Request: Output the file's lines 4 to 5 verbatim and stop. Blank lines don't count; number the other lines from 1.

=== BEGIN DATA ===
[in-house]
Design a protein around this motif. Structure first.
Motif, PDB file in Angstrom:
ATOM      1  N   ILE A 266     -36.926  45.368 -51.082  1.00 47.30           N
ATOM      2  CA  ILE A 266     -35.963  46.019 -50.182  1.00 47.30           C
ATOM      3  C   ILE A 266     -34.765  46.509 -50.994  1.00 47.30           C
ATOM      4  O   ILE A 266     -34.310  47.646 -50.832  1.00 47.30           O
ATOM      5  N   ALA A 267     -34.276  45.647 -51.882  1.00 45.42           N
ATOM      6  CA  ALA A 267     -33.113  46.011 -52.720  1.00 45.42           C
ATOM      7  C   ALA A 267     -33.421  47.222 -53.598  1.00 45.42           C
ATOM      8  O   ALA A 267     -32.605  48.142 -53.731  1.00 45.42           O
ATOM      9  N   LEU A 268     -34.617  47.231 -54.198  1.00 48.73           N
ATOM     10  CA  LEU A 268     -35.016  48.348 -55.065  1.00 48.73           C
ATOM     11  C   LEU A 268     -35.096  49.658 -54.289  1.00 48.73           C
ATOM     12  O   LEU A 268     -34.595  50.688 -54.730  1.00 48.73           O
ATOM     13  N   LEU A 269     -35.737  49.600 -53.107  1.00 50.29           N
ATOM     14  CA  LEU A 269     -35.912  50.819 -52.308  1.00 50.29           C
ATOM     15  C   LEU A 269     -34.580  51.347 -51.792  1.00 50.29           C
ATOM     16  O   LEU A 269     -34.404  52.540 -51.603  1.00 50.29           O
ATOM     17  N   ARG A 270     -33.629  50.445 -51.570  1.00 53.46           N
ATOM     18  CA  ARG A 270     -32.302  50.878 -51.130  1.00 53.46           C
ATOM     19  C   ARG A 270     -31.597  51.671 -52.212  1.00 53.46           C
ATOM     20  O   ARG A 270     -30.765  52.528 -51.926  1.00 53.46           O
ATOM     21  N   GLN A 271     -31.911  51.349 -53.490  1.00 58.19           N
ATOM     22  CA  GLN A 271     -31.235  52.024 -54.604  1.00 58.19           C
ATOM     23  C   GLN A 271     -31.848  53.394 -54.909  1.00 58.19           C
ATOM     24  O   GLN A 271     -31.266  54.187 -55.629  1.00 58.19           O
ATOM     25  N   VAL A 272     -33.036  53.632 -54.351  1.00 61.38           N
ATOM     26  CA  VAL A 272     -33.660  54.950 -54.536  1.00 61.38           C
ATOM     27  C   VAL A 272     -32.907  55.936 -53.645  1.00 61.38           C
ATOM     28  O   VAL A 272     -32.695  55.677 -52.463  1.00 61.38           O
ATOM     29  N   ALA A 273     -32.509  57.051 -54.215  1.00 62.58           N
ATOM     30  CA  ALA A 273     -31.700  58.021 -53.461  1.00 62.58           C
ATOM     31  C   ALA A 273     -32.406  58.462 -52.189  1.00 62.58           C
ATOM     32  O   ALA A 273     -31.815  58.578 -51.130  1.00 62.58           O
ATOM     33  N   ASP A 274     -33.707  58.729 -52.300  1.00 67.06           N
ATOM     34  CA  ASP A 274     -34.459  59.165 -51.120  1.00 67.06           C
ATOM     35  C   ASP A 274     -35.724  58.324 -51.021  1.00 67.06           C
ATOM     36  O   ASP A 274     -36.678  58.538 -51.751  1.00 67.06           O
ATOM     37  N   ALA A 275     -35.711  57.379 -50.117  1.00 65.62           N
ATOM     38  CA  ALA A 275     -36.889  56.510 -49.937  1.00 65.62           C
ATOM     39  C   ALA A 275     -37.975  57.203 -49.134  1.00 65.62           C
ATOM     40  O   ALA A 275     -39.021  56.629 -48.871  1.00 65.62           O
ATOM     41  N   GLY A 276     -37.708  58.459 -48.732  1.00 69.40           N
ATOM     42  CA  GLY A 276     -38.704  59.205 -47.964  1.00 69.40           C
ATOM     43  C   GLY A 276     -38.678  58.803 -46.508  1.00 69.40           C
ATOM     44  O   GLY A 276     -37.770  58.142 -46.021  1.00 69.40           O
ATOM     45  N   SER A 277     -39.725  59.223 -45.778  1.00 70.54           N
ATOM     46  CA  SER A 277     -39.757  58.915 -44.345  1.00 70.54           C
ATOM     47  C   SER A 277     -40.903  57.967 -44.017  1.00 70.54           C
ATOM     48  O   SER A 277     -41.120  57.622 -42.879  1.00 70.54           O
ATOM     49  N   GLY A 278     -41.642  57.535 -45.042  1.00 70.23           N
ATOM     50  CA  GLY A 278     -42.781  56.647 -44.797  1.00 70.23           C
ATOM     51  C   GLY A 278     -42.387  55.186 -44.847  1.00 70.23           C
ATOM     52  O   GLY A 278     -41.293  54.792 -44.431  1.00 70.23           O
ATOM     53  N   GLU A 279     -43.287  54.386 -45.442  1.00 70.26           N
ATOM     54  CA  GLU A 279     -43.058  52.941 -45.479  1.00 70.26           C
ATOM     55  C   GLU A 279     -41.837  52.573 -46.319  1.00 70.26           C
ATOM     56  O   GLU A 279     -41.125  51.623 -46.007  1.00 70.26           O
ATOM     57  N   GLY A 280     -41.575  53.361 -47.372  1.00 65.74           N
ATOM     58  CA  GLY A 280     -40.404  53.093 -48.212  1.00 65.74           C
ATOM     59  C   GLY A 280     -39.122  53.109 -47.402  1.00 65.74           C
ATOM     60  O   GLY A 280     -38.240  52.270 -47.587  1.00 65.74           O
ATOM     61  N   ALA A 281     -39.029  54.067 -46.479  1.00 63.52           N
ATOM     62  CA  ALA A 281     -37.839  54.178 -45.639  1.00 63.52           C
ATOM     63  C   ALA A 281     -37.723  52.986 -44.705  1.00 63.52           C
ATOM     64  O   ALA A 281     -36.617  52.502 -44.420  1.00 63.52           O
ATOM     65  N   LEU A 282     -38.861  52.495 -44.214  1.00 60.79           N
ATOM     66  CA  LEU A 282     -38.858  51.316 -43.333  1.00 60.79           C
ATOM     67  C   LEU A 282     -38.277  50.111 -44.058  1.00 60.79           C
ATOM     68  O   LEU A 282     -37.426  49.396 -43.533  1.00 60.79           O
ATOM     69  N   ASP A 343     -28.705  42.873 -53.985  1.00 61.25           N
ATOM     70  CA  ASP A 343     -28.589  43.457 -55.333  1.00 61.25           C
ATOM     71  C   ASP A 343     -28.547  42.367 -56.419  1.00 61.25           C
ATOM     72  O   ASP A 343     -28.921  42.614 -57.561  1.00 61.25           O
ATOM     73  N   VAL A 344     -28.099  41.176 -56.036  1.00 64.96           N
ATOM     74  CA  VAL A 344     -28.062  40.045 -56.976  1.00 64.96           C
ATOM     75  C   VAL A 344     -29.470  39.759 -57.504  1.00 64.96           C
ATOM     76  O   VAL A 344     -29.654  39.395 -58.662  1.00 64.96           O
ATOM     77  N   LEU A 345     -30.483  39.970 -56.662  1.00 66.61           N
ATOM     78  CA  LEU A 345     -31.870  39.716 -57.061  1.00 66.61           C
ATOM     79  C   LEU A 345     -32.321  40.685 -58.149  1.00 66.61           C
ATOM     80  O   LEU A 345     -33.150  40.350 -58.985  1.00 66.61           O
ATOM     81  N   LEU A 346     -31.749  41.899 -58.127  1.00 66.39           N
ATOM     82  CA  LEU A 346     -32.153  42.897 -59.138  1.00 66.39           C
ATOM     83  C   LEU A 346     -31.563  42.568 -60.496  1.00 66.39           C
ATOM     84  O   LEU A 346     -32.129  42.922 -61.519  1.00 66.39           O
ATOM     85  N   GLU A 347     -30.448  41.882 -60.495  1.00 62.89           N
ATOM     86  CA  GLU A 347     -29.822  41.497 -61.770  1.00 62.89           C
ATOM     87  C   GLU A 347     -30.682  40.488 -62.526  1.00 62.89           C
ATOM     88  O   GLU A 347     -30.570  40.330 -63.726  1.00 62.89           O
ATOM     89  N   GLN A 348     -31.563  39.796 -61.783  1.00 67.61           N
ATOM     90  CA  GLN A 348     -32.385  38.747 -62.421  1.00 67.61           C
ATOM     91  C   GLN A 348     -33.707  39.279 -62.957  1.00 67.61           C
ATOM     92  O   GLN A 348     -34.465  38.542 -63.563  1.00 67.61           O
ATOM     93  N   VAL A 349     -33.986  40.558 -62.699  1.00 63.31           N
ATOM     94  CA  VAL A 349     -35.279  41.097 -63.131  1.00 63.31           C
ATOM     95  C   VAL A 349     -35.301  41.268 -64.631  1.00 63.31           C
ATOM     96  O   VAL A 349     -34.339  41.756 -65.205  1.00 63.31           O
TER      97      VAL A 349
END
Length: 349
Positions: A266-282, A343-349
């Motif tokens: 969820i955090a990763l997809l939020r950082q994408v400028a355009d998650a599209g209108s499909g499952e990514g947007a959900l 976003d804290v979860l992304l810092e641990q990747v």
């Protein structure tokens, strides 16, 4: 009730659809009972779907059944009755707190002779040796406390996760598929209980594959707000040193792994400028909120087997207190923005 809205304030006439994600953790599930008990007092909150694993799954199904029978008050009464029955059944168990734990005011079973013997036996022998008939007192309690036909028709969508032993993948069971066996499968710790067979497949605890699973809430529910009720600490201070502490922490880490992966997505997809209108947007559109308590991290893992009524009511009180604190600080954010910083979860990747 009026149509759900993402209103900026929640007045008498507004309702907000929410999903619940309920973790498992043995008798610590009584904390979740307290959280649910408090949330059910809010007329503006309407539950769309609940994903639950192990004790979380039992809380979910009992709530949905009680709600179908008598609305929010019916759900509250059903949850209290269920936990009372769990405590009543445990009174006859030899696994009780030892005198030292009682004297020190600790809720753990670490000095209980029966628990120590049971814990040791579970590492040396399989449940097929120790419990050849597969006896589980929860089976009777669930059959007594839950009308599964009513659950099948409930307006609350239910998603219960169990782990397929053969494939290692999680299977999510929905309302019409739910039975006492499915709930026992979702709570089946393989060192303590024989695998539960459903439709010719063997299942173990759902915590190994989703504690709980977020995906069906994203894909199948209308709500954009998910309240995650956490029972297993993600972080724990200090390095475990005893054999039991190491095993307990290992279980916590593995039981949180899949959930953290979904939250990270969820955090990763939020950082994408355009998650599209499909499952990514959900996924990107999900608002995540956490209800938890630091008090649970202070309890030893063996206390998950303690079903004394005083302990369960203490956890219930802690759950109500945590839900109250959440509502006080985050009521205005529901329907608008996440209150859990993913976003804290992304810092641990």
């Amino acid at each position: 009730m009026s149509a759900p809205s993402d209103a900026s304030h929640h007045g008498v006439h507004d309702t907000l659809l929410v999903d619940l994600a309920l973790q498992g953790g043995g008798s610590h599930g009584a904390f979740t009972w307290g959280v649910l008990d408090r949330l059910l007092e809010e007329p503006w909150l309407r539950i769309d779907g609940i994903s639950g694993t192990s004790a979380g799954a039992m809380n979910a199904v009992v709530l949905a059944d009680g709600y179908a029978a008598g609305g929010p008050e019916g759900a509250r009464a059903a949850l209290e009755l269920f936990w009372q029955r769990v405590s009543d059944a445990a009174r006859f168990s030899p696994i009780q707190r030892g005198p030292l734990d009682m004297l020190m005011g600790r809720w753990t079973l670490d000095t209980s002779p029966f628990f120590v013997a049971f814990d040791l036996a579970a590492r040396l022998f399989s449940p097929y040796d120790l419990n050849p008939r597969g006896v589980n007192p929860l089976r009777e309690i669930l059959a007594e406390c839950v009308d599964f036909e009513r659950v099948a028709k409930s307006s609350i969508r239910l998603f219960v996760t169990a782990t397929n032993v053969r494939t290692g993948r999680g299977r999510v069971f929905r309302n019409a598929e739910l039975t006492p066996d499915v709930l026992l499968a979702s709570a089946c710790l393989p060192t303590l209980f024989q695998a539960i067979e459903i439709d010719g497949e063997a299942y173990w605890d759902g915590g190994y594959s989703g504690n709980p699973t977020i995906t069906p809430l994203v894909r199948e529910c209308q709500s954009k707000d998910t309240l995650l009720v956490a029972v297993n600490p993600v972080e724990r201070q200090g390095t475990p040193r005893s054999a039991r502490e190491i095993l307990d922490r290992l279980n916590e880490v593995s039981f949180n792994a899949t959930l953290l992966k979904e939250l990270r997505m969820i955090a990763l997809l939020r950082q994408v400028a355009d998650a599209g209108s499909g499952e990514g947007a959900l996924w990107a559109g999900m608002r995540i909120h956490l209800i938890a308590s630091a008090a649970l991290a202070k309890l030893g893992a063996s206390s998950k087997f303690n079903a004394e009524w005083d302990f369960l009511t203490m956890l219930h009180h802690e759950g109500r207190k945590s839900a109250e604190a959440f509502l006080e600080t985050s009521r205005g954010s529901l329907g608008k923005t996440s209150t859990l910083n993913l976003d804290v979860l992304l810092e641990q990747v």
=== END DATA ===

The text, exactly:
ATOM      1  N   ILE A 266     -36.926  45.368 -51.082  1.00 47.30           N
ATOM      2  CA  ILE A 266     -35.963  46.019 -50.182  1.00 47.30           C